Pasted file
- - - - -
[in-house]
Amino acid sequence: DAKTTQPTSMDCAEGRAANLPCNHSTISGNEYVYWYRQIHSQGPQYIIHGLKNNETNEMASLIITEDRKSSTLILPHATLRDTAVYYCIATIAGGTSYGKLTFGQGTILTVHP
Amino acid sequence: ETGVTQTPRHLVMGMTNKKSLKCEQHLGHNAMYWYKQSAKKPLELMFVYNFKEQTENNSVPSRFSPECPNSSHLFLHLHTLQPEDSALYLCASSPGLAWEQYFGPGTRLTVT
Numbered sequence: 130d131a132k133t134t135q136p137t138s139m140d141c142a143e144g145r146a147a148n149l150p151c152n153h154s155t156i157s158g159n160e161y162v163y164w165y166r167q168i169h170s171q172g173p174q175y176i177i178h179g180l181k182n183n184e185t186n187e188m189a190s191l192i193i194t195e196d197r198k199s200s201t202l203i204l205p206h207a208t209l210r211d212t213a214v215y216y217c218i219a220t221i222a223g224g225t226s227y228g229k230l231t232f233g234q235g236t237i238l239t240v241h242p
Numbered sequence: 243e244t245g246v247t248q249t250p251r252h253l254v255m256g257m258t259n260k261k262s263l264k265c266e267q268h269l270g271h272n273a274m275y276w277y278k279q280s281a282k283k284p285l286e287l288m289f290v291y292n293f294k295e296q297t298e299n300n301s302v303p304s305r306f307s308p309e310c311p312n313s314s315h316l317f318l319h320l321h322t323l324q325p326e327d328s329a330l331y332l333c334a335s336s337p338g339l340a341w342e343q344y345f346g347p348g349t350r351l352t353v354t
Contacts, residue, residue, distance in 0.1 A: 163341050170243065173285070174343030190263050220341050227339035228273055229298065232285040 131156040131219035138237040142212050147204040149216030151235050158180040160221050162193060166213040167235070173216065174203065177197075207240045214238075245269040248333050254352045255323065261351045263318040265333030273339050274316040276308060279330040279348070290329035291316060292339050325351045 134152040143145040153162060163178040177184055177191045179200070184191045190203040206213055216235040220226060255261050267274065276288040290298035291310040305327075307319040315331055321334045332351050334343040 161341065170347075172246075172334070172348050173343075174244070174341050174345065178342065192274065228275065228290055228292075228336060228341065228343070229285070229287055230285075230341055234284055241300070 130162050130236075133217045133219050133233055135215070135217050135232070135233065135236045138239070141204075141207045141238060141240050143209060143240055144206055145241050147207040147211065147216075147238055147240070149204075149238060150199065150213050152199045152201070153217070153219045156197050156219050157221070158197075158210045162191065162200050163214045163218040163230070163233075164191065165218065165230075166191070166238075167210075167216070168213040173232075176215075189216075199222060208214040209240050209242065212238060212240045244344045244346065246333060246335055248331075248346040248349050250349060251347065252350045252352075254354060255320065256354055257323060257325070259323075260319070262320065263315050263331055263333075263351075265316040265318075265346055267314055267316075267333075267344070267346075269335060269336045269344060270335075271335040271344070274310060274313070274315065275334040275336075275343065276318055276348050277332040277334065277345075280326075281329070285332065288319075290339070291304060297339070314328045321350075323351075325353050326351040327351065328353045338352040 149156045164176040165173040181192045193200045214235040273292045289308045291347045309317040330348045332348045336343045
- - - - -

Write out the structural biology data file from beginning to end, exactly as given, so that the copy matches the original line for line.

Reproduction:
[in-house]
Amino acid sequence: DAKTTQPTSMDCAEGRAANLPCNHSTISGNEYVYWYRQIHSQGPQYIIHGLKNNETNEMASLIITEDRKSSTLILPHATLRDTAVYYCIATIAGGTSYGKLTFGQGTILTVHP
Amino acid sequence: ETGVTQTPRHLVMGMTNKKSLKCEQHLGHNAMYWYKQSAKKPLELMFVYNFKEQTENNSVPSRFSPECPNSSHLFLHLHTLQPEDSALYLCASSPGLAWEQYFGPGTRLTVT
Numbered sequence: 130d131a132k133t134t135q136p137t138s139m140d141c142a143e144g145r146a147a148n149l150p151c152n153h154s155t156i157s158g159n160e161y162v163y164w165y166r167q168i169h170s171q172g173p174q175y176i177i178h179g180l181k182n183n184e185t186n187e188m189a190s191l192i193i194t195e196d197r198k199s200s201t202l203i204l205p206h207a208t209l210r211d212t213a214v215y216y217c218i219a220t221i222a223g224g225t226s227y228g229k230l231t232f233g234q235g236t237i238l239t240v241h242p
Numbered sequence: 243e244t245g246v247t248q249t250p251r252h253l254v255m256g257m258t259n260k261k262s263l264k265c266e267q268h269l270g271h272n273a274m275y276w277y278k279q280s281a282k283k284p285l286e287l288m289f290v291y292n293f294k295e296q297t298e299n300n301s302v303p304s305r306f307s308p309e310c311p312n313s314s315h316l317f318l319h320l321h322t323l324q325p326e327d328s329a330l331y332l333c334a335s336s337p338g339l340a341w342e343q344y345f346g347p348g349t350r351l352t353v354t
Contacts, residue, residue, distance in 0.1 A: 163341050170243065173285070174343030190263050220341050227339035228273055229298065232285040 131156040131219035138237040142212050147204040149216030151235050158180040160221050162193060166213040167235070173216065174203065177197075207240045214238075245269040248333050254352045255323065261351045263318040265333030273339050274316040276308060279330040279348070290329035291316060292339050325351045 134152040143145040153162060163178040177184055177191045179200070184191045190203040206213055216235040220226060255261050267274065276288040290298035291310040305327075307319040315331055321334045332351050334343040 161341065170347075172246075172334070172348050173343075174244070174341050174345065178342065192274065228275065228290055228292075228336060228341065228343070229285070229287055230285075230341055234284055241300070 130162050130236075133217045133219050133233055135215070135217050135232070135233065135236045138239070141204075141207045141238060141240050143209060143240055144206055145241050147207040147211065147216075147238055147240070149204075149238060150199065150213050152199045152201070153217070153219045156197050156219050157221070158197075158210045162191065162200050163214045163218040163230070163233075164191065165218065165230075166191070166238075167210075167216070168213040173232075176215075189216075199222060208214040209240050209242065212238060212240045244344045244346065246333060246335055248331075248346040248349050250349060251347065252350045252352075254354060255320065256354055257323060257325070259323075260319070262320065263315050263331055263333075263351075265316040265318075265346055267314055267316075267333075267344070267346075269335060269336045269344060270335075271335040271344070274310060274313070274315065275334040275336075275343065276318055276348050277332040277334065277345075280326075281329070285332065288319075290339070291304060297339070314328045321350075323351075325353050326351040327351065328353045338352040 149156045164176040165173040181192045193200045214235040273292045289308045291347045309317040330348045332348045336343045